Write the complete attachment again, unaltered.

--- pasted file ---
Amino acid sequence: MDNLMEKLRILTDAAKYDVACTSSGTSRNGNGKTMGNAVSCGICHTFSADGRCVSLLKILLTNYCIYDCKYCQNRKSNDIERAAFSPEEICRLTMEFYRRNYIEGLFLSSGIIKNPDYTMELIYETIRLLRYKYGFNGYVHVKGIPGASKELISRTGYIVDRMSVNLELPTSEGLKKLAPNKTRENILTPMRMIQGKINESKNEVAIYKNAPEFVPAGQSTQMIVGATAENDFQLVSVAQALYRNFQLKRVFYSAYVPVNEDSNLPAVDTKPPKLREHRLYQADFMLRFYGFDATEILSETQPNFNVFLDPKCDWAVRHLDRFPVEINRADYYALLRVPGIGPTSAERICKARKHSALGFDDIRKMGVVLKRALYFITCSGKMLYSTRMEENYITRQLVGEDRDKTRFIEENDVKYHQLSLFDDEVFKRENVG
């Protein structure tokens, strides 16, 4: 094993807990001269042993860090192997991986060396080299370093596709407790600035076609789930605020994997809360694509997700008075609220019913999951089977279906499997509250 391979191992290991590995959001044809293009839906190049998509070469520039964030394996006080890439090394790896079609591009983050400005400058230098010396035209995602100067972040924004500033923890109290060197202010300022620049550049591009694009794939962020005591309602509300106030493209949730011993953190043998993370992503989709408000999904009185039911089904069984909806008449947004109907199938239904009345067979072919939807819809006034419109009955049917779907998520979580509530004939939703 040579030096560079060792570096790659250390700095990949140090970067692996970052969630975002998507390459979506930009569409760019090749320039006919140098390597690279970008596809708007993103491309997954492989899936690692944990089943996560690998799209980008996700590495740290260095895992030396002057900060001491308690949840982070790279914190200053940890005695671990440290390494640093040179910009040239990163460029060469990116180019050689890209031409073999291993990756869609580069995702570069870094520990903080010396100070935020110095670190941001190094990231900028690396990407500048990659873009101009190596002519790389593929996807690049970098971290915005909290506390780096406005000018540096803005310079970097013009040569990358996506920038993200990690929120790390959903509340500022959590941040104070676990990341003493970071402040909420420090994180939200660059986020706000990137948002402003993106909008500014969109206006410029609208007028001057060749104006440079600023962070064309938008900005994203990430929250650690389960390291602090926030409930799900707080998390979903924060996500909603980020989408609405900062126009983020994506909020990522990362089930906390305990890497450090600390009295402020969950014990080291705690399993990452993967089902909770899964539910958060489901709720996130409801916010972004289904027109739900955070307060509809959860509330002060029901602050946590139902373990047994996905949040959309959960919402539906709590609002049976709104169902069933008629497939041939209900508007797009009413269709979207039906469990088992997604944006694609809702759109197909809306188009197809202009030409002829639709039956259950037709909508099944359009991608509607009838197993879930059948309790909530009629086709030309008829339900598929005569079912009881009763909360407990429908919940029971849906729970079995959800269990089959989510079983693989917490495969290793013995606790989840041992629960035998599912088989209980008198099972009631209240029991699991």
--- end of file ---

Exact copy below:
Amino acid sequence: MDNLMEKLRILTDAAKYDVACTSSGTSRNGNGKTMGNAVSCGICHTFSADGRCVSLLKILLTNYCIYDCKYCQNRKSNDIERAAFSPEEICRLTMEFYRRNYIEGLFLSSGIIKNPDYTMELIYETIRLLRYKYGFNGYVHVKGIPGASKELISRTGYIVDRMSVNLELPTSEGLKKLAPNKTRENILTPMRMIQGKINESKNEVAIYKNAPEFVPAGQSTQMIVGATAENDFQLVSVAQALYRNFQLKRVFYSAYVPVNEDSNLPAVDTKPPKLREHRLYQADFMLRFYGFDATEILSETQPNFNVFLDPKCDWAVRHLDRFPVEINRADYYALLRVPGIGPTSAERICKARKHSALGFDDIRKMGVVLKRALYFITCSGKMLYSTRMEENYITRQLVGEDRDKTRFIEENDVKYHQLSLFDDEVFKRENVG
């Protein structure tokens, strides 16, 4: 094993807990001269042993860090192997991986060396080299370093596709407790600035076609789930605020994997809360694509997700008075609220019913999951089977279906499997509250 391979191992290991590995959001044809293009839906190049998509070469520039964030394996006080890439090394790896079609591009983050400005400058230098010396035209995602100067972040924004500033923890109290060197202010300022620049550049591009694009794939962020005591309602509300106030493209949730011993953190043998993370992503989709408000999904009185039911089904069984909806008449947004109907199938239904009345067979072919939807819809006034419109009955049917779907998520979580509530004939939703 040579030096560079060792570096790659250390700095990949140090970067692996970052969630975002998507390459979506930009569409760019090749320039006919140098390597690279970008596809708007993103491309997954492989899936690692944990089943996560690998799209980008996700590495740290260095895992030396002057900060001491308690949840982070790279914190200053940890005695671990440290390494640093040179910009040239990163460029060469990116180019050689890209031409073999291993990756869609580069995702570069870094520990903080010396100070935020110095670190941001190094990231900028690396990407500048990659873009101009190596002519790389593929996807690049970098971290915005909290506390780096406005000018540096803005310079970097013009040569990358996506920038993200990690929120790390959903509340500022959590941040104070676990990341003493970071402040909420420090994180939200660059986020706000990137948002402003993106909008500014969109206006410029609208007028001057060749104006440079600023962070064309938008900005994203990430929250650690389960390291602090926030409930799900707080998390979903924060996500909603980020989408609405900062126009983020994506909020990522990362089930906390305990890497450090600390009295402020969950014990080291705690399993990452993967089902909770899964539910958060489901709720996130409801916010972004289904027109739900955070307060509809959860509330002060029901602050946590139902373990047994996905949040959309959960919402539906709590609002049976709104169902069933008629497939041939209900508007797009009413269709979207039906469990088992997604944006694609809702759109197909809306188009197809202009030409002829639709039956259950037709909508099944359009991608509607009838197993879930059948309790909530009629086709030309008829339900598929005569079912009881009763909360407990429908919940029971849906729970079995959800269990089959989510079983693989917490495969290793013995606790989840041992629960035998599912088989209980008198099972009631209240029991699991």